Yakuza : Japanese Mafia
Do you want to know the world's oldest criminal organization in depth? Then discover the ancient world of the Yakuza: the Japanese mafia.
The Japanese mafia (Yakuza) is a criminal organization that plagues the Japanese archipelago. Members of Yakuza clans are identifiable through the Irezumi. This is a traditional tattooing method. In Japan, there are three main families of yakuza namely Yamaguchi-gumi, Sumiyoshi-kai and Inagawa-kai.
Along with the Italian mafia and the Chinese triad, the Japanese mafia is one of the most dangerous in the world. Unlike the first two mafia organizations, which remain secretive, the yakuza are well known to law enforcement. The Yakuza even have to declare themselves, they have business cards and premises like a real company...
If you want to find out the basics about this organized crime of the Japanese archipelago, then you are in the right place. In this article, you will discover:
- The etymology of the name "Yakuza"
- The controversial origin of the yakuza
- The hierarchical organization of the yakuza
- The largest yakuza family: Yamaguchi-gumi
- The traditional rites and code of honor of the yakuza
- The main activities of the Japanese mafia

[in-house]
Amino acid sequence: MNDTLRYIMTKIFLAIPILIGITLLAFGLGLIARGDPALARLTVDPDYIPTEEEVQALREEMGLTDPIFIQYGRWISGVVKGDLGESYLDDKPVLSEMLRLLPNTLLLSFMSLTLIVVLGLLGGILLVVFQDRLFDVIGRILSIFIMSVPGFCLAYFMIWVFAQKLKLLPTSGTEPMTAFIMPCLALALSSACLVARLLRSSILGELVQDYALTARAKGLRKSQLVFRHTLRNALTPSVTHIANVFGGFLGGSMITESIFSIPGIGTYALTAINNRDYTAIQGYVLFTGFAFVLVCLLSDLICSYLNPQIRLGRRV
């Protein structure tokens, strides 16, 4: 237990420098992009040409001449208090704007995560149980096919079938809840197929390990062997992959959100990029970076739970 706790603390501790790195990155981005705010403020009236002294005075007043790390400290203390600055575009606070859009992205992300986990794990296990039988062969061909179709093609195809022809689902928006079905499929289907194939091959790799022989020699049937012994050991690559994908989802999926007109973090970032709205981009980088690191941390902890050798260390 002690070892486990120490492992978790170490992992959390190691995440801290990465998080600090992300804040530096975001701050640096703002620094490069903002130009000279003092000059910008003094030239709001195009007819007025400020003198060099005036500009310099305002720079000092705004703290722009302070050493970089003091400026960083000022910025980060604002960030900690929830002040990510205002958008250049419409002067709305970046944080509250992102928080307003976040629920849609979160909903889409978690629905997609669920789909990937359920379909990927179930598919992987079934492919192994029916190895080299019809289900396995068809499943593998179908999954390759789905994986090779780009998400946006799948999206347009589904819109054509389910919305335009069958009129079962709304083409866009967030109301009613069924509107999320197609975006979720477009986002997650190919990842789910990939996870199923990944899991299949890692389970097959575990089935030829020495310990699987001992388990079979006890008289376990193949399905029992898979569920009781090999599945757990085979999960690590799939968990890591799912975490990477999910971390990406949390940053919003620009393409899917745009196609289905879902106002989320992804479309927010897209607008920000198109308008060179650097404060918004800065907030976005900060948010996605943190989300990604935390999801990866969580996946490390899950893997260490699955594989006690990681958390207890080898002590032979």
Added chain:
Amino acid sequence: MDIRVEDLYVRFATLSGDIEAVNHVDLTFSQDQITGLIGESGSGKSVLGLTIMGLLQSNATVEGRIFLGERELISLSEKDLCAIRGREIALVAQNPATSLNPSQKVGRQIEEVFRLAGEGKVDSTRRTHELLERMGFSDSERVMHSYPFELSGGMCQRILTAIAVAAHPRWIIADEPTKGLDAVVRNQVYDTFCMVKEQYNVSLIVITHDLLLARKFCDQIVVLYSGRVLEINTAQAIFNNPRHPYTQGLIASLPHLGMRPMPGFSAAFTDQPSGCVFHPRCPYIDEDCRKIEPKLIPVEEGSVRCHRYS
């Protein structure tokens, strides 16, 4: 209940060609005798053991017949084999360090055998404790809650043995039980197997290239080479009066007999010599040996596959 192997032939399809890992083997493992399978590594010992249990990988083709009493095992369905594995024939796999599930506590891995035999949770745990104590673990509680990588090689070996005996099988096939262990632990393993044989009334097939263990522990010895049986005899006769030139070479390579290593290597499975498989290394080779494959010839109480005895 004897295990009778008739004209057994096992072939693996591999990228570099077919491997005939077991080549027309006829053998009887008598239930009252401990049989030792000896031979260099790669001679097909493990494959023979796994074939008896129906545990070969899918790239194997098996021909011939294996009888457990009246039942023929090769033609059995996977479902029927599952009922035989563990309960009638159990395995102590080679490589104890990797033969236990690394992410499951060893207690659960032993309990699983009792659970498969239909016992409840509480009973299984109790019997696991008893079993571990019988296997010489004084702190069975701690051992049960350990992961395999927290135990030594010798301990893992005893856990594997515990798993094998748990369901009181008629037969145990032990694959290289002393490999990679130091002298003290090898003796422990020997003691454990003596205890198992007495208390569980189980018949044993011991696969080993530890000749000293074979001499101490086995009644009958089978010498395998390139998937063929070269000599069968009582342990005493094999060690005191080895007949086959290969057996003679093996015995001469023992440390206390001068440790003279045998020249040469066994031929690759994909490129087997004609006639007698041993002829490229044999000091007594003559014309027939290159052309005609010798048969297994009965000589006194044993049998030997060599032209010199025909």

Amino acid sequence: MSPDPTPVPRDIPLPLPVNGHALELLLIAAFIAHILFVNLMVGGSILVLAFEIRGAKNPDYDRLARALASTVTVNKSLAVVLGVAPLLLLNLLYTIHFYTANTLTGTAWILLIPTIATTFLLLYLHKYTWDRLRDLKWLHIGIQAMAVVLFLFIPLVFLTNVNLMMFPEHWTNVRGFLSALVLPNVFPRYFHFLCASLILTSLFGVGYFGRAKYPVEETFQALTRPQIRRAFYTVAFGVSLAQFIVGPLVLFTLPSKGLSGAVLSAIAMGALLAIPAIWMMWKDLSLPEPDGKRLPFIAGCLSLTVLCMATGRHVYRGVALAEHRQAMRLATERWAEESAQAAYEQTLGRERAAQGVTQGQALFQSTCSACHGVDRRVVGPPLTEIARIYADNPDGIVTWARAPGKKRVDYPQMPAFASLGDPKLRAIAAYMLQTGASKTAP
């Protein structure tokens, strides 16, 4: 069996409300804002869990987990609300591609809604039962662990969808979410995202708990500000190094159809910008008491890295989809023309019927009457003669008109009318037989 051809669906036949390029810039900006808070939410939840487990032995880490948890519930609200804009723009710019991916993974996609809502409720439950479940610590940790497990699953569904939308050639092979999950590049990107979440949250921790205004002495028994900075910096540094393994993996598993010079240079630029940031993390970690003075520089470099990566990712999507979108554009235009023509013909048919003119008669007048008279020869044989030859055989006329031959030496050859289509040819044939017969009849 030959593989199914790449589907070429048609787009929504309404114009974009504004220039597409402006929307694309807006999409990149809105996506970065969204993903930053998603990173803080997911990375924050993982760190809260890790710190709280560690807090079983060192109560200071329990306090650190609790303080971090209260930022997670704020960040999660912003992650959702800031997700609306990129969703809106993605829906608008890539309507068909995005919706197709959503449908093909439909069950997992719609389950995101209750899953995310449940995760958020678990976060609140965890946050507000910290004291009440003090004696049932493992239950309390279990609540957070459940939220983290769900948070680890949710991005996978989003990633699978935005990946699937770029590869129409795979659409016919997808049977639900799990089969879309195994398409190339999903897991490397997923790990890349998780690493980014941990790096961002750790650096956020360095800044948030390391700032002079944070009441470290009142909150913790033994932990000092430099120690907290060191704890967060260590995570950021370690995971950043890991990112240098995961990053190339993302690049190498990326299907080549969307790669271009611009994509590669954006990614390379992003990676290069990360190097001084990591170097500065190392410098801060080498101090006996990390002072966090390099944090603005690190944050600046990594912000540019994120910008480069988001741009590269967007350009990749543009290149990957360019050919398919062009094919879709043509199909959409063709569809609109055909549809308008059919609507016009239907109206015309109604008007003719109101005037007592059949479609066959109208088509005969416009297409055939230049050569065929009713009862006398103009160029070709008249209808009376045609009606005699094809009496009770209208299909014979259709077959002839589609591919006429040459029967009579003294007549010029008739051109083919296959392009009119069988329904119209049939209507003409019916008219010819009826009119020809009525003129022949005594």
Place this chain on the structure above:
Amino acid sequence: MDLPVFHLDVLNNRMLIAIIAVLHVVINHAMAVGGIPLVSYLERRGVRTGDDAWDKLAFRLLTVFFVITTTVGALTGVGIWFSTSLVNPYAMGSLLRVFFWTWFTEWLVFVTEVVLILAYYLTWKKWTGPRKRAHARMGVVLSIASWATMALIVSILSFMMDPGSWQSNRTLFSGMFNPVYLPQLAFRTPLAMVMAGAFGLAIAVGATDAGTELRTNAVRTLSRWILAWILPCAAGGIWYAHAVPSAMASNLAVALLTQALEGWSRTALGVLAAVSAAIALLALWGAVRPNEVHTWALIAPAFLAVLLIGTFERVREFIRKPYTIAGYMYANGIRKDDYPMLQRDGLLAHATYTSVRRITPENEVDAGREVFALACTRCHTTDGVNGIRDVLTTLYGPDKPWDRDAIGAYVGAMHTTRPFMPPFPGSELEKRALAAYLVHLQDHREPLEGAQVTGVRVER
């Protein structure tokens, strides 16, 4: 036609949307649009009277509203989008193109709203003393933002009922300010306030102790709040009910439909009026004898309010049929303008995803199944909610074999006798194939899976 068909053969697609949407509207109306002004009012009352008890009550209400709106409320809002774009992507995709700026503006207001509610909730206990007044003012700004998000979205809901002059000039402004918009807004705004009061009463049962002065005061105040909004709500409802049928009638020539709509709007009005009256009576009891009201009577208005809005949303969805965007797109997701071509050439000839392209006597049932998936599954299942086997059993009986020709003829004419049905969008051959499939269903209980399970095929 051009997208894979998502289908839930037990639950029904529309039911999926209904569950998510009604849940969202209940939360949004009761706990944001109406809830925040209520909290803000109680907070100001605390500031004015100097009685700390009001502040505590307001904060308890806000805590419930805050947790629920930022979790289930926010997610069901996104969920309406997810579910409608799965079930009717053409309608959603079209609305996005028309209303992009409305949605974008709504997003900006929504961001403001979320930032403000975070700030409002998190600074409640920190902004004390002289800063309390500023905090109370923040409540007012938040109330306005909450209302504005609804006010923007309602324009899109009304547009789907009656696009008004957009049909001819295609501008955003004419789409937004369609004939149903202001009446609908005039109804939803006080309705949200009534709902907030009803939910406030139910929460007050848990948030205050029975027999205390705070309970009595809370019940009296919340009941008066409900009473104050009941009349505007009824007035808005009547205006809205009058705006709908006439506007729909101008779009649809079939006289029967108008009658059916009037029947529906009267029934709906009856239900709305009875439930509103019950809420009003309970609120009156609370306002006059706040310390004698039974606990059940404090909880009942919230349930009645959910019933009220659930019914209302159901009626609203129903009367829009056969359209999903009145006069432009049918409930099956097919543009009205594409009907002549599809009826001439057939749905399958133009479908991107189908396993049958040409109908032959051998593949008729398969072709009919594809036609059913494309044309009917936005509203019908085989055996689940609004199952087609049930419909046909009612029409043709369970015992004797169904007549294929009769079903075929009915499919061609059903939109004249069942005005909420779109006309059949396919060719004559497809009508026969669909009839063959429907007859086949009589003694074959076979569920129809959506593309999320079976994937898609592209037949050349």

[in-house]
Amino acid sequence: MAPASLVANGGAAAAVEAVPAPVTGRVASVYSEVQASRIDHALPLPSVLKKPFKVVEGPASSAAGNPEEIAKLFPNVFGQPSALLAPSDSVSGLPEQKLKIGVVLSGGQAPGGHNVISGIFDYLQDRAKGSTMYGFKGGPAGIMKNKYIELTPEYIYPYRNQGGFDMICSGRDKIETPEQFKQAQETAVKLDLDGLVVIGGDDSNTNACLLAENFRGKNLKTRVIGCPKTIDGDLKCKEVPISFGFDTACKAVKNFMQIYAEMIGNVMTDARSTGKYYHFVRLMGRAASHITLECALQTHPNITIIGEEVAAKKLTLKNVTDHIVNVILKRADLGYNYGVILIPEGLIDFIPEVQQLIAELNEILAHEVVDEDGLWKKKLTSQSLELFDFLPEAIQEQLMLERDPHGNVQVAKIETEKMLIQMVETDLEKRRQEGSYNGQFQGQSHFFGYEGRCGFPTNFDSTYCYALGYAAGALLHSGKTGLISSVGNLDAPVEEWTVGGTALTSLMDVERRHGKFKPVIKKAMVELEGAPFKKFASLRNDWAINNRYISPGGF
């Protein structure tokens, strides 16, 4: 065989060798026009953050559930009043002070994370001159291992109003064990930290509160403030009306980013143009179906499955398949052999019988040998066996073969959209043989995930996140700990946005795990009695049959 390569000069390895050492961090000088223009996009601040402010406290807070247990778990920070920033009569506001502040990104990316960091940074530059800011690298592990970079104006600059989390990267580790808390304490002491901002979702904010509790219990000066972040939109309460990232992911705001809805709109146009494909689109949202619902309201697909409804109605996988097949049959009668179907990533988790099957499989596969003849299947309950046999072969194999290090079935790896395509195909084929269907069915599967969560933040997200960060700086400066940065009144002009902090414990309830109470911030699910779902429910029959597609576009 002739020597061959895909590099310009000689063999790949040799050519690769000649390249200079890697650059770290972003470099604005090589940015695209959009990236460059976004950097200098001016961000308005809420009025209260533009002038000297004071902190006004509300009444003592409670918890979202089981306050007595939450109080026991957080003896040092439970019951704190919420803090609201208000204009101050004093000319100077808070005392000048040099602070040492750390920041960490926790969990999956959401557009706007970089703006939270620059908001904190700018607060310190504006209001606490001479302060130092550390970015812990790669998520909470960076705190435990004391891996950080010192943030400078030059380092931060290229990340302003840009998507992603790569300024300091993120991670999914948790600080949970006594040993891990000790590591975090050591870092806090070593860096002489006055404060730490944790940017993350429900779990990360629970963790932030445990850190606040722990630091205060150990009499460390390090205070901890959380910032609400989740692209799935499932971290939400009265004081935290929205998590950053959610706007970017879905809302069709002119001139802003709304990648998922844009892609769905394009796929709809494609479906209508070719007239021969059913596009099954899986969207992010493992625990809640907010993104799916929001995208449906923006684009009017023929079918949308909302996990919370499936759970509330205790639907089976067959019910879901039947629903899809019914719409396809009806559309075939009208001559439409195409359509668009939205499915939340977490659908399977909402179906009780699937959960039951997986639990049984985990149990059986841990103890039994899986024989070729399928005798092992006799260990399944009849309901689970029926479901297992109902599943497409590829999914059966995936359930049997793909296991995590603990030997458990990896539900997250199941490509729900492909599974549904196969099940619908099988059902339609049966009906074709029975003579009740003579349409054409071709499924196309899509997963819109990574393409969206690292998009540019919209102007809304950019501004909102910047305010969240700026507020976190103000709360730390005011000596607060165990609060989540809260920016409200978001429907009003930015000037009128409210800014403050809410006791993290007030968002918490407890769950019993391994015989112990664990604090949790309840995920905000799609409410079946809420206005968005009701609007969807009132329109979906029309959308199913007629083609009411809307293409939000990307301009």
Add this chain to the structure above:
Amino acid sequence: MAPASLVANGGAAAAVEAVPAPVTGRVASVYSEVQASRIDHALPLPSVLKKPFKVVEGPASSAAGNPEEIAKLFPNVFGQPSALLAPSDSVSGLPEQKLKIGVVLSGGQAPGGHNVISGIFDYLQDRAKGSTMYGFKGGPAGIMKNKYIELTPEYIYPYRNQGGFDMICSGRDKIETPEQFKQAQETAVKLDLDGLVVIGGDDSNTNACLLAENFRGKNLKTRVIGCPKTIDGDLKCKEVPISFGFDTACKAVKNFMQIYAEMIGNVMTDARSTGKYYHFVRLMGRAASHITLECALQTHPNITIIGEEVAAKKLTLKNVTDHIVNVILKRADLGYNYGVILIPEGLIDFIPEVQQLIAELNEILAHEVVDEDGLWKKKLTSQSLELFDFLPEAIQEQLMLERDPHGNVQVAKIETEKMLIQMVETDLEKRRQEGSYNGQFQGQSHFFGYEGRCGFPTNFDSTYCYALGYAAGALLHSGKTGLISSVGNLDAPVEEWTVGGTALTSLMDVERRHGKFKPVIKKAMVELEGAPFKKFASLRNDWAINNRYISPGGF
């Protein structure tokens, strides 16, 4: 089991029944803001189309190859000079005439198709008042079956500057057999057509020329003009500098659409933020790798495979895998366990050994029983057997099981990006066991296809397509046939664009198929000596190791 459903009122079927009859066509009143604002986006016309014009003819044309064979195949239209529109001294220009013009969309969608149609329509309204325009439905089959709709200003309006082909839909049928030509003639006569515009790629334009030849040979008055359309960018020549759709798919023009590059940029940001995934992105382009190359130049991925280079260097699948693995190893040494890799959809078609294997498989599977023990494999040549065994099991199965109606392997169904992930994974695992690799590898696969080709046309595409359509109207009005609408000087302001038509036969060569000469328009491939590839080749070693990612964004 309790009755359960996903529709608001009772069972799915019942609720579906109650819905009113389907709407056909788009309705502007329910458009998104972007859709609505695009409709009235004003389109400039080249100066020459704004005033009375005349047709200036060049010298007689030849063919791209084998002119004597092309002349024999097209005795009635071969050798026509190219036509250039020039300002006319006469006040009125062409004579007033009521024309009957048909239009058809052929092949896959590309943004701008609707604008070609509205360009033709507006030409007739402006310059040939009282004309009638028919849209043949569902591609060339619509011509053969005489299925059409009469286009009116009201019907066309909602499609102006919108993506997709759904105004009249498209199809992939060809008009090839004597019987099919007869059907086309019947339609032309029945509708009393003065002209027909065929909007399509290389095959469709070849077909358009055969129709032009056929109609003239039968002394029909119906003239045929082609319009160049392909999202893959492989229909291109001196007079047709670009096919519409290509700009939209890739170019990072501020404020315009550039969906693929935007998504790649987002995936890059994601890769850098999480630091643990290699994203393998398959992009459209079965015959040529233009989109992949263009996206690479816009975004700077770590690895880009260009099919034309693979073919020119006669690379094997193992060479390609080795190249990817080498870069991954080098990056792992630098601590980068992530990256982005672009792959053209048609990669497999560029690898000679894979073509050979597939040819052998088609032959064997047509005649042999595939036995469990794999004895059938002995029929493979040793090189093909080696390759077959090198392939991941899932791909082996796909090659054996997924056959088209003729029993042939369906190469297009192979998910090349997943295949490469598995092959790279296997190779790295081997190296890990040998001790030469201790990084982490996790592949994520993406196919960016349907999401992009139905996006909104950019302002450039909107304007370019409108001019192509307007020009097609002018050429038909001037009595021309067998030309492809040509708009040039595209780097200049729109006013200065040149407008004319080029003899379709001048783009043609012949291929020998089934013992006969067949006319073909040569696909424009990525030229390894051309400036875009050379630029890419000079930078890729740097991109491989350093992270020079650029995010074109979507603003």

- The existential relationship between the bosozoku and the yakuza
- The influence of the Japanese mafia in popular culture
Ready to take a little tour through the dark alleys of Tokyo, Osaka or even Kobe? Then let's go (レッツゴー)
It is during the period of the Tokugawa Shogunate that the first origins of this Nipponese mafia are traced. The name comes from a Japanese card game called Oicho-Kabu. During the game, when you get a number series of 8-9-3 = 20, you get a score of 0.
This is a losing combination in the game, implying that the Yakuzas are losers, outcasts of society. In a simple way:
- "Ya": comes from the word "Yattsu" which means "eight" (you can also use "Hachi")
- "Ku": means "nine," although the word "Kyu" is also used
- "Za": no doubt it is a distortion of the word "San" meaning "three"
This Japanese term was also used to name the role of lookout (chair role). Indeed, the police officers were required to enter Shinto shrines in order to flush out gamblers. At the entrance was a lookout sitting on a chair ("role" for Yaku and "of the chair" for Za).
Yakuza history and origin: illustration by Seung Eun Kim